Home > psychology > Romantic Jealousy Effects on Cognitive Functioning

Romantic Jealousy Effects on Cognitive Functioning

jealousy8Most of us are familiar with Jealousy in romantic relationships, which is triggered primarily by infidelity, a significant threat to people’s long-term romantic relationships. Under this scope, jealousy is an effective mechanism to guard relationships.

Dr. Jon Maner of the University of Florida and his team studied the effect of romantic jealousyon implicit, low-level cognitive functioning. According to the results of the study, the fear of losing a partner affects the brain by hijacking attention and memory systems. This finding was more evident in the case of people displaying high chronic levels of romantic jealousy.

Dr Maner and his team suggested that concerns about infidelity may evoke a functionally coordinated cascade of cognitive biases, each aimed at guarding against threats posed by possible romantic competitors. Specifically, concerns about infidelity could strengthen encoding and memory for possible romantic rivals.

The researchers conducted four studies with hundreds of heterosexual student participants. The participants that showed high levels of chronic jealousy displayed enhanced encoding and memory for attractive same-sex targets. On the other hand, No effects were observed in people less inclined to worry about the threat of infidelity.

Furthermore, concerns about infidelity seem to promote intrasexual vigilance – cognitive biases and attunements directed at selectively processing attractive members of one’s own sex. More specifically, participants with high levels of jealousy process vigilantly only members of their own sex, who were rated highly attractive. Not only did they attend to attractive same-sex people but they also encoded, remembered and successfully identified them later on.

Suggested readings:

The Original Paper

How romantic jealousy hijacks the mind

Jealousy as a Function of Rival Characteristics: An Evolutionary Perspective

Automatic inattention to attractive alternatives: the evolved psychology of relationship maintenance

Can’t Take My Eyes off You: Attentional Adhesion to Mates and Rivals

(picture: “Jealousy by Steven Stahlberg)

  1. 02/08/2009 at 19:34

    Hmmm… why there were not homosexual participants? The effects of jealousy on the cognitive functioning of homosexual people is concidered to be different than on the one of heterosexual ones? And if yes, why?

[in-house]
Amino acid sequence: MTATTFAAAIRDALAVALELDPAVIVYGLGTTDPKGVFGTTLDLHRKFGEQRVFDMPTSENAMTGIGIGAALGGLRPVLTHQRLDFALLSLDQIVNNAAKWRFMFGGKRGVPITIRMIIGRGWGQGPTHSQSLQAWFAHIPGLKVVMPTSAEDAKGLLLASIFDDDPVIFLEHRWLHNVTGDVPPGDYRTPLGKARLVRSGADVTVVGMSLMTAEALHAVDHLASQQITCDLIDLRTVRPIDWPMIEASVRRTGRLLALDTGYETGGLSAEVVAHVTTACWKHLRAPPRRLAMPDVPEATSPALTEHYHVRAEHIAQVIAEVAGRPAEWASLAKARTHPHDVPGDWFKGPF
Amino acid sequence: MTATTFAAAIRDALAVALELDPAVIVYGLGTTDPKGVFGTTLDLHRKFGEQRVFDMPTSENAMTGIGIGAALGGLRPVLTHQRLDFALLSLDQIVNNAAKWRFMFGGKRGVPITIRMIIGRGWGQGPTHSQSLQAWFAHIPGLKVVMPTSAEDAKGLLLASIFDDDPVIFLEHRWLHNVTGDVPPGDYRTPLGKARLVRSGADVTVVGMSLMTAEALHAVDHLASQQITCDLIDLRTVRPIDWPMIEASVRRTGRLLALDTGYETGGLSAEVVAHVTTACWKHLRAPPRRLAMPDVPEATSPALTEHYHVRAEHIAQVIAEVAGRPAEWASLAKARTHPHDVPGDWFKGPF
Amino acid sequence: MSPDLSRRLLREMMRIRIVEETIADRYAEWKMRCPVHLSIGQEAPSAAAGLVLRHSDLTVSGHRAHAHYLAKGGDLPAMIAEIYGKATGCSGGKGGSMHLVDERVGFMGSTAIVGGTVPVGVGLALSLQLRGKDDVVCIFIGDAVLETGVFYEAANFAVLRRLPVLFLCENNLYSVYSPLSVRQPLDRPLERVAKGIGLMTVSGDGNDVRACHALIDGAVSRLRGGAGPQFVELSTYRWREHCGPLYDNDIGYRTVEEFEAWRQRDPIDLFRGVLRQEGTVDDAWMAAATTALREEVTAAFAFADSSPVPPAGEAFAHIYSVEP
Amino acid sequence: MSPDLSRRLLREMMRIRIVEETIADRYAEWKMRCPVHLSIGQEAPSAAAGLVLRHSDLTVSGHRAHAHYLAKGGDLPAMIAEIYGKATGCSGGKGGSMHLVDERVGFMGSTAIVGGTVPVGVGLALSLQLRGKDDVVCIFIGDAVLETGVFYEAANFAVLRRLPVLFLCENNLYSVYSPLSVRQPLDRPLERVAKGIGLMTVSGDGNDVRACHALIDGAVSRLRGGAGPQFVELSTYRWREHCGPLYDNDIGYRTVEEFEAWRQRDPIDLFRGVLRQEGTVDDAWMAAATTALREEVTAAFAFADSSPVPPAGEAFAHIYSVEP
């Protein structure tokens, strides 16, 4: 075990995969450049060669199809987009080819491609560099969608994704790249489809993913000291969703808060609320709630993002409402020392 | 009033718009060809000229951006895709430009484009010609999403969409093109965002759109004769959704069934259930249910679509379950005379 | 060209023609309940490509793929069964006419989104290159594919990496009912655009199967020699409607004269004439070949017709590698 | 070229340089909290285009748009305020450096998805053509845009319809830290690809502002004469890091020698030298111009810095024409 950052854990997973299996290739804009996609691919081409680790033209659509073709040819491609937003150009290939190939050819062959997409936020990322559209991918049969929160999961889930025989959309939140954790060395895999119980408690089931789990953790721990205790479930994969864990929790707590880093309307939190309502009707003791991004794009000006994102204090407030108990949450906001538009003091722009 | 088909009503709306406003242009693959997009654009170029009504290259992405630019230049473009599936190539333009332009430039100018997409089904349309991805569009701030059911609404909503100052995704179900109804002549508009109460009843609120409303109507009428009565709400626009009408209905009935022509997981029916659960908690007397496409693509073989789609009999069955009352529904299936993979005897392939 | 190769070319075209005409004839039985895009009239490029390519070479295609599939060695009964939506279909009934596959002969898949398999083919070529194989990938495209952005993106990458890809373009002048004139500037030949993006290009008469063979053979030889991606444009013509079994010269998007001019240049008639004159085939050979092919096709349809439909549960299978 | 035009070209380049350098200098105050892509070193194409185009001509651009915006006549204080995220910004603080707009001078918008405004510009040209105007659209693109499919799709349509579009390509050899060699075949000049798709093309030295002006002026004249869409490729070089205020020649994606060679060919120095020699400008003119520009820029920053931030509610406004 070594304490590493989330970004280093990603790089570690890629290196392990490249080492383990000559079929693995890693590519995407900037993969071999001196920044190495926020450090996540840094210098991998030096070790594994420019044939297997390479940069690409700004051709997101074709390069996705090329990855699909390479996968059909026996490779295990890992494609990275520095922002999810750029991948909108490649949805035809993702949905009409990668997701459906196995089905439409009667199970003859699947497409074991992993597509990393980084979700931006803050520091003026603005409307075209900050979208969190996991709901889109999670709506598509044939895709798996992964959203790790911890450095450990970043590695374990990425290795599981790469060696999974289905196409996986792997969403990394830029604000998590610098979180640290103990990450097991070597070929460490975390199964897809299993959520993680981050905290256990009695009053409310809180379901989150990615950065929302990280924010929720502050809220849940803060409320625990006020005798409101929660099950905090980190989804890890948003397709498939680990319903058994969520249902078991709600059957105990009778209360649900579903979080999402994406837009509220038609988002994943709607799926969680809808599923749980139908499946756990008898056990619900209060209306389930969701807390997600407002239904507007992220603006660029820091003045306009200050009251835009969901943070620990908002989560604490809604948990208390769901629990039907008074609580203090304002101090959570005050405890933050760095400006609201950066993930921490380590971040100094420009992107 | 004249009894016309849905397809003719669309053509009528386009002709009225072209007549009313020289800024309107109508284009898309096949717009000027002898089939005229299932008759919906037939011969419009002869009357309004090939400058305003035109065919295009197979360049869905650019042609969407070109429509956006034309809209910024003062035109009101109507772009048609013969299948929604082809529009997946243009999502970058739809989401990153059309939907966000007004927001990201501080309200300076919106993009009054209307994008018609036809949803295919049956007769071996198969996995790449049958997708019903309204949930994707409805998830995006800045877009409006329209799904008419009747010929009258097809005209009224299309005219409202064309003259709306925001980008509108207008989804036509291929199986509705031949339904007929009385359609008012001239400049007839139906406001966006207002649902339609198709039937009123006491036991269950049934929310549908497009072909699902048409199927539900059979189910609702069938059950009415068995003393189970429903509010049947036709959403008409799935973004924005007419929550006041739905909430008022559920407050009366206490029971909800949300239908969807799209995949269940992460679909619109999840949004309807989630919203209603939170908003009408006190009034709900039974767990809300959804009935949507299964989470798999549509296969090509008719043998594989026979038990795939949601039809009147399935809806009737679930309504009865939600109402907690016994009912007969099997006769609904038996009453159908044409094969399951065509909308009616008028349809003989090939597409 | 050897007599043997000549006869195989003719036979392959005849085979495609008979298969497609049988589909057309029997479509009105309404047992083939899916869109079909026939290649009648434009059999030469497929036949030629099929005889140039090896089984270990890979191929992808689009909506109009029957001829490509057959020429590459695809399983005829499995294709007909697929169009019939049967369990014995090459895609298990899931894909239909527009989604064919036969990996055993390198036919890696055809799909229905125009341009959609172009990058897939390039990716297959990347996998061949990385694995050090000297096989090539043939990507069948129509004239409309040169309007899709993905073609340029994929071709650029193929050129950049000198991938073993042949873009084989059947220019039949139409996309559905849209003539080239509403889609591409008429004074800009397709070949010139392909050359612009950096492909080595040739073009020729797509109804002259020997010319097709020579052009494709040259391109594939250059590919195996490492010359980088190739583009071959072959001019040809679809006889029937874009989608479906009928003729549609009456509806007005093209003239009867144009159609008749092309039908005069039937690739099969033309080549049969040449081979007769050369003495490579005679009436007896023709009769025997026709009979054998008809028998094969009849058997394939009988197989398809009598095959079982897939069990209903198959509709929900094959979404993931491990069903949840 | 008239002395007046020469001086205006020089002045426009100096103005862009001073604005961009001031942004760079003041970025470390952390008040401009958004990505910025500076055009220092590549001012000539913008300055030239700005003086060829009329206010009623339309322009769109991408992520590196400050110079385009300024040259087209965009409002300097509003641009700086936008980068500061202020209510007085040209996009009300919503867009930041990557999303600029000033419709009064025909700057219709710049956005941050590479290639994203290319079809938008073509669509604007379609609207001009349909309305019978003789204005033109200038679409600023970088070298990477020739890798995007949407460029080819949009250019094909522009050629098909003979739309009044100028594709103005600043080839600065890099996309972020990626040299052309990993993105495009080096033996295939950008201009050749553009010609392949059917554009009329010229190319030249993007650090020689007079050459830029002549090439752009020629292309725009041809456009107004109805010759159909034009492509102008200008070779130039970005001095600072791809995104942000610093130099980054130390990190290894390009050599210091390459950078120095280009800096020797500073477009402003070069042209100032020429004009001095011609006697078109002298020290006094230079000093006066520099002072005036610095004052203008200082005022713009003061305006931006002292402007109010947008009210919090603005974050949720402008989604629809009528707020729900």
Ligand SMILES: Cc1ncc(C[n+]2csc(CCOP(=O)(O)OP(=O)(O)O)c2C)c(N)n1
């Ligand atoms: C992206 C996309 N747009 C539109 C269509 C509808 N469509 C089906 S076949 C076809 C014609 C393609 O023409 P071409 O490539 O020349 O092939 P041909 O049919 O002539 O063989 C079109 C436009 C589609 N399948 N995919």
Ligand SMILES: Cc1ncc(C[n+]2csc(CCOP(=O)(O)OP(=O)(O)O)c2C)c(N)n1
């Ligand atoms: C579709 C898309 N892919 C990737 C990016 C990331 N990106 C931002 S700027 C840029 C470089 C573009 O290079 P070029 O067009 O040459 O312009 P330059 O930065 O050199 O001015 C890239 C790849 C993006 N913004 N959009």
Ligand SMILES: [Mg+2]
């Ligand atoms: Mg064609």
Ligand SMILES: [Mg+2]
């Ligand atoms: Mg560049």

2. 02/08/2009 at 20:35

    Interesting comment! The didn’t choose homosexual participants because it seems that jealousy is different in homosexual relationships. Studies show that homosexual men express less sexual jealousy than heterosexual men. There are some relevant studies. I’d suggest reading these:




  3. nou
    14/09/2011 at 18:02

    thanks for this article…
    find another article at http://newsonlineupdate.com

  4. 15/03/2014 at 00:44

    Can I just say what a relief to discover somebody that really knows what
    they are discussing on the internet. You certainly know how to bring an issue
    to light and make it important. More and more people must look at this and understand this side of your story.
    I was surprised you’re not more popular because you definitely
    possess the gift.

  1. No trackbacks yet.

Leave a Reply

Fill in your details below or click an icon to log in:

WordPress.com Logo

You are commenting using your WordPress.com account. Log Out /  Change )

Google+ photo

You are commenting using your Google+ account. Log Out /  Change )

Twitter picture

You are commenting using your Twitter account. Log Out /  Change )

Facebook photo

You are commenting using your Facebook account. Log Out /  Change )


Connecting to %s

domestic diva, M.D.

my mother raised the perfect housewife...then I went to med school

The Courgette Cooperation

A personal take on food and cooking and anything related


you're just an idea away...

Nou Stuff

another cognitive neuroscience/psychology blog...

%d bloggers like this: